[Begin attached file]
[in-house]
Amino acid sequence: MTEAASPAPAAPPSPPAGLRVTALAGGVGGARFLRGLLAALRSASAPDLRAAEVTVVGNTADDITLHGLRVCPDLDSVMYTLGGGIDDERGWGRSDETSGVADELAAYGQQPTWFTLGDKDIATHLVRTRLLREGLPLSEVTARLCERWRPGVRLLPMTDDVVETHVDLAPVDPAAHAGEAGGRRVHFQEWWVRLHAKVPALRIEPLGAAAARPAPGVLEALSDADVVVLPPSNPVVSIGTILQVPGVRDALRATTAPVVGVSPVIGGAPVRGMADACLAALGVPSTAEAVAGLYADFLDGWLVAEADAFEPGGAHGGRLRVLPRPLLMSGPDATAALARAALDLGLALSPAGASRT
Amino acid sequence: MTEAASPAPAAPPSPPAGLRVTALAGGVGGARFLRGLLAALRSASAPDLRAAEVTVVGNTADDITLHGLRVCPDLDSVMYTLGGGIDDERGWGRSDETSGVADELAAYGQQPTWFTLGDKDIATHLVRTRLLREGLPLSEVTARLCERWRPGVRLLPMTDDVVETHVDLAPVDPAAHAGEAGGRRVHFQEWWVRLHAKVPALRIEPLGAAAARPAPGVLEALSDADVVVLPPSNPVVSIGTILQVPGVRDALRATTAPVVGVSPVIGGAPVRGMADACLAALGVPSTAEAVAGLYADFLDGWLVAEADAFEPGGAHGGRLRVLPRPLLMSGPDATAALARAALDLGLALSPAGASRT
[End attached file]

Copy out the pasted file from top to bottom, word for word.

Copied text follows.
[in-house]
Amino acid sequence: MTEAASPAPAAPPSPPAGLRVTALAGGVGGARFLRGLLAALRSASAPDLRAAEVTVVGNTADDITLHGLRVCPDLDSVMYTLGGGIDDERGWGRSDETSGVADELAAYGQQPTWFTLGDKDIATHLVRTRLLREGLPLSEVTARLCERWRPGVRLLPMTDDVVETHVDLAPVDPAAHAGEAGGRRVHFQEWWVRLHAKVPALRIEPLGAAAARPAPGVLEALSDADVVVLPPSNPVVSIGTILQVPGVRDALRATTAPVVGVSPVIGGAPVRGMADACLAALGVPSTAEAVAGLYADFLDGWLVAEADAFEPGGAHGGRLRVLPRPLLMSGPDATAALARAALDLGLALSPAGASRT
Amino acid sequence: MTEAASPAPAAPPSPPAGLRVTALAGGVGGARFLRGLLAALRSASAPDLRAAEVTVVGNTADDITLHGLRVCPDLDSVMYTLGGGIDDERGWGRSDETSGVADELAAYGQQPTWFTLGDKDIATHLVRTRLLREGLPLSEVTARLCERWRPGVRLLPMTDDVVETHVDLAPVDPAAHAGEAGGRRVHFQEWWVRLHAKVPALRIEPLGAAAARPAPGVLEALSDADVVVLPPSNPVVSIGTILQVPGVRDALRATTAPVVGVSPVIGGAPVRGMADACLAALGVPSTAEAVAGLYADFLDGWLVAEADAFEPGGAHGGRLRVLPRPLLMSGPDATAALARAALDLGLALSPAGASRT